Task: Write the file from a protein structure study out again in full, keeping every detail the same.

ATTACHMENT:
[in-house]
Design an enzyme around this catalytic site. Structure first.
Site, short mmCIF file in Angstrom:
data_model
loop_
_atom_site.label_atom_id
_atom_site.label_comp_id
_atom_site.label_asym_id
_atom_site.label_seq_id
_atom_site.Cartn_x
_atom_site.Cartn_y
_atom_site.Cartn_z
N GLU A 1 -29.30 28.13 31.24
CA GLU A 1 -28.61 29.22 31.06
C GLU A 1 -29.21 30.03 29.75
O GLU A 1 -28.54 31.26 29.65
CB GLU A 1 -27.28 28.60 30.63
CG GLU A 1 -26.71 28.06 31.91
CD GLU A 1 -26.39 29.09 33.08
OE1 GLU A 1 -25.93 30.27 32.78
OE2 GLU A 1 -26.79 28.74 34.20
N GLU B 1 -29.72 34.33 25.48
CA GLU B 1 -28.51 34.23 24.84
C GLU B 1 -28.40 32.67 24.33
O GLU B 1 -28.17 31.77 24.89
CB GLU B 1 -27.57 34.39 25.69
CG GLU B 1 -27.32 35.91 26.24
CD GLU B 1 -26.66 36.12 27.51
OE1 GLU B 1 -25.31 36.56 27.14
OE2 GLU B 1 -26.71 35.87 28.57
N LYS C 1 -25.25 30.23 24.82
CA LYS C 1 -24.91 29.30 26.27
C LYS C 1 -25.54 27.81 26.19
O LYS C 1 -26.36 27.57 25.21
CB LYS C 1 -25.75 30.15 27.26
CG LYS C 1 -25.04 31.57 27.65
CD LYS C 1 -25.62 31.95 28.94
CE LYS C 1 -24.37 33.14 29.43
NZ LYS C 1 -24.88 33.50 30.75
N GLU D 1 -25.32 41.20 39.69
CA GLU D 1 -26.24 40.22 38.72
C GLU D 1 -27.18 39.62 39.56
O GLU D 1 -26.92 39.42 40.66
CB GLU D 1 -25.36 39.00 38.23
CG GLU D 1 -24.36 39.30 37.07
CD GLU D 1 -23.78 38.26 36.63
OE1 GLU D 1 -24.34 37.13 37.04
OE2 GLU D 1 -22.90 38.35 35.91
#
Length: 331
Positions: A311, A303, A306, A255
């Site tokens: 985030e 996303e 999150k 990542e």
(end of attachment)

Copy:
[in-house]
Design an enzyme around this catalytic site. Structure first.
Site, short mmCIF file in Angstrom:
data_model
loop_
_atom_site.label_atom_id
_atom_site.label_comp_id
_atom_site.label_asym_id
_atom_site.label_seq_id
_atom_site.Cartn_x
_atom_site.Cartn_y
_atom_site.Cartn_z
N GLU A 1 -29.30 28.13 31.24
CA GLU A 1 -28.61 29.22 31.06
C GLU A 1 -29.21 30.03 29.75
O GLU A 1 -28.54 31.26 29.65
CB GLU A 1 -27.28 28.60 30.63
CG GLU A 1 -26.71 28.06 31.91
CD GLU A 1 -26.39 29.09 33.08
OE1 GLU A 1 -25.93 30.27 32.78
OE2 GLU A 1 -26.79 28.74 34.20
N GLU B 1 -29.72 34.33 25.48
CA GLU B 1 -28.51 34.23 24.84
C GLU B 1 -28.40 32.67 24.33
O GLU B 1 -28.17 31.77 24.89
CB GLU B 1 -27.57 34.39 25.69
CG GLU B 1 -27.32 35.91 26.24
CD GLU B 1 -26.66 36.12 27.51
OE1 GLU B 1 -25.31 36.56 27.14
OE2 GLU B 1 -26.71 35.87 28.57
N LYS C 1 -25.25 30.23 24.82
CA LYS C 1 -24.91 29.30 26.27
C LYS C 1 -25.54 27.81 26.19
O LYS C 1 -26.36 27.57 25.21
CB LYS C 1 -25.75 30.15 27.26
CG LYS C 1 -25.04 31.57 27.65
CD LYS C 1 -25.62 31.95 28.94
CE LYS C 1 -24.37 33.14 29.43
NZ LYS C 1 -24.88 33.50 30.75
N GLU D 1 -25.32 41.20 39.69
CA GLU D 1 -26.24 40.22 38.72
C GLU D 1 -27.18 39.62 39.56
O GLU D 1 -26.92 39.42 40.66
CB GLU D 1 -25.36 39.00 38.23
CG GLU D 1 -24.36 39.30 37.07
CD GLU D 1 -23.78 38.26 36.63
OE1 GLU D 1 -24.34 37.13 37.04
OE2 GLU D 1 -22.90 38.35 35.91
#
Length: 331
Positions: A311, A303, A306, A255
């Site tokens: 985030e 996303e 999150k 990542e």